Qipao is representative of Chinese dress culture, resulted from the integration of costumes from many ethnic groups. In the late 1990s, began to gain world-wide popularity in the fashion industry.
Representative of Chinese dress culture, qipao resulted from the integration of costumes from many ethnic groups. Once a practical garment of the nomads in the northern wilderness as well as an exquisite and luxurious dress of the nobility in the imperial capital; from its various gorgeous styles in the former foreign concessions in Shanghai, which was known as the “Paris of the East”, to the sexy mini qipao seen in Victoria Harbour in Hong Kong, qipao is both restrained and flamboyant, conservative and sexy. It is an eternal fashion classic.
There are many variations of qipao that can be differentiated by its placket, collar, length of sleeves, frogs, slits, material, and patterns on the fabric, etc. With regard to the origin of qipao, although fashion experts have different views, it is generally accepted that qipao, literally ‘banner gown’, was derived directly from the garment of women of the eight Manchu administrative divisions called qí ‘banner’ in the Qing Dynasty, and this gown of the Qing Dynasty can be traced to the one-piece garment called shēnyī ‘deep clothing’ of the pre-Qin period and the Han Dynasty (771 BC—AD 220) ––a long pedigree indeed. The word cheongsam is its Cantonese name, which means ‘long garment’. The kind of qipao known all over the world today as the “Chinese dress” refers in fact mainly to the style of qipao prevalent in the 1930s, when Shanghai, as the metropolis of the Far East, enjoyed the reputation of being the “Paris of the East”. It is said that female students in Shanghai were the first to wear qipao. As representatives of female intellectuals, they became symbols of society and leaders in fashion. As other women hastened to follow suit, qipao became the fashion of Shanghai.
It is said that female students in Shanghai were the first to wear qipao. As representatives of female intellectuals, they became symbols of society and leaders in fashion.
The qipao of that time adopted the use of Western tailoring techniques, making it more form-fitting. The importation of foreign fabrics, the appearance of fashion columns in newspapers and magazines together with the tremendously popular qipao dressed calendar girls helped it become more popular. In contrast to Peking-style qipao, which was stately, reserved and neat, the Shanghai style, which was more creative, outlandish and sexy, spread quickly from Shanghai to all over the country.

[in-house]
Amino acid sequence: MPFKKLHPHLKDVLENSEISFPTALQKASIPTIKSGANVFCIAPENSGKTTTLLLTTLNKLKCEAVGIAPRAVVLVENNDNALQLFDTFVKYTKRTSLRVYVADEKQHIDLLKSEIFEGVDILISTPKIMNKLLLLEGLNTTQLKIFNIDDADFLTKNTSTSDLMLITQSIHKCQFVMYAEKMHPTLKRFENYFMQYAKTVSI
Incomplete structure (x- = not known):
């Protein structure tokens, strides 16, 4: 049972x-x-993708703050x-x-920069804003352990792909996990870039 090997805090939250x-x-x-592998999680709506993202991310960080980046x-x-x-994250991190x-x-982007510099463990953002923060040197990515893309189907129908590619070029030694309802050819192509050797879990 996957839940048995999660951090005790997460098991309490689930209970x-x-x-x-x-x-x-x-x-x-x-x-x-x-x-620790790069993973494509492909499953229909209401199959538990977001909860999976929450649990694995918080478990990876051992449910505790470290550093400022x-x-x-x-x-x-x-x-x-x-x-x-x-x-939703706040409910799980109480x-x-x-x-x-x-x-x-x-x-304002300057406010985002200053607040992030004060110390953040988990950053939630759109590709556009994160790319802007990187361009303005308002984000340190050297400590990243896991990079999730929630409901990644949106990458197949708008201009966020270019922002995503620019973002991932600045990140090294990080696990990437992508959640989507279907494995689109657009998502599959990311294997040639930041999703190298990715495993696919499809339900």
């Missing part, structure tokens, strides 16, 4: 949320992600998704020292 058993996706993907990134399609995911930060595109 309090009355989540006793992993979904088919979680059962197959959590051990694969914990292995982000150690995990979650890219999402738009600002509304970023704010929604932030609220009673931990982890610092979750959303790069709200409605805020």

On 29th June 2012, a centenary exhibition of qipao was held at the Shanghai Mass Art Centre, where on display was a 36-piece collection of vintage qipao once worn by celebrities like Madame Chiang Kai-shek (Soong Mayling), famous physicist Wu Chien-Shiung, and Wu Yi-Fang, the first female college president in China. The exhibition caused quite a sensation and people rushed to see it, talking about the stories and legends behind those pieces. Legend has it that when Madame Chiang Kai-shek settled in the US in 1991, at least 50 of her 99 suitcases were filled with qipao dresses that she could not live without.
Qipao can be both a form of art and a part of ordinary life. Its look can change depending on the selection of fabric and its design.
Eileen Chang, a well-known modern Chinese female author, also had a special fondness for qipao. In her lifetime, she designed hundreds of pieces of highly fashionable qipao for herself. Wherever she went, she attracted the attention of envious onlookers. In her article entitled Chinese Life and Fashions, she narrated her deep philosophical reflections on the evolution of fashion, which enlightened her readers intellectually, a change from her famously emotive novels.
For quite some time after 1949, people’s aesthetic views on fashion changed enormously with the times, with qipao fading out of sight. It wasn’t until the 1980s that China’s fashion industry started callowing international trends. Many domestic fashion designers began to employ classic elements of qipao in their designs, such as upright collars, slanted side openings and piping. Meanwhile, the media also showed great zest for qipao. However, women in daily life, though appreciative of its beauty, accepted qipao with some reserve.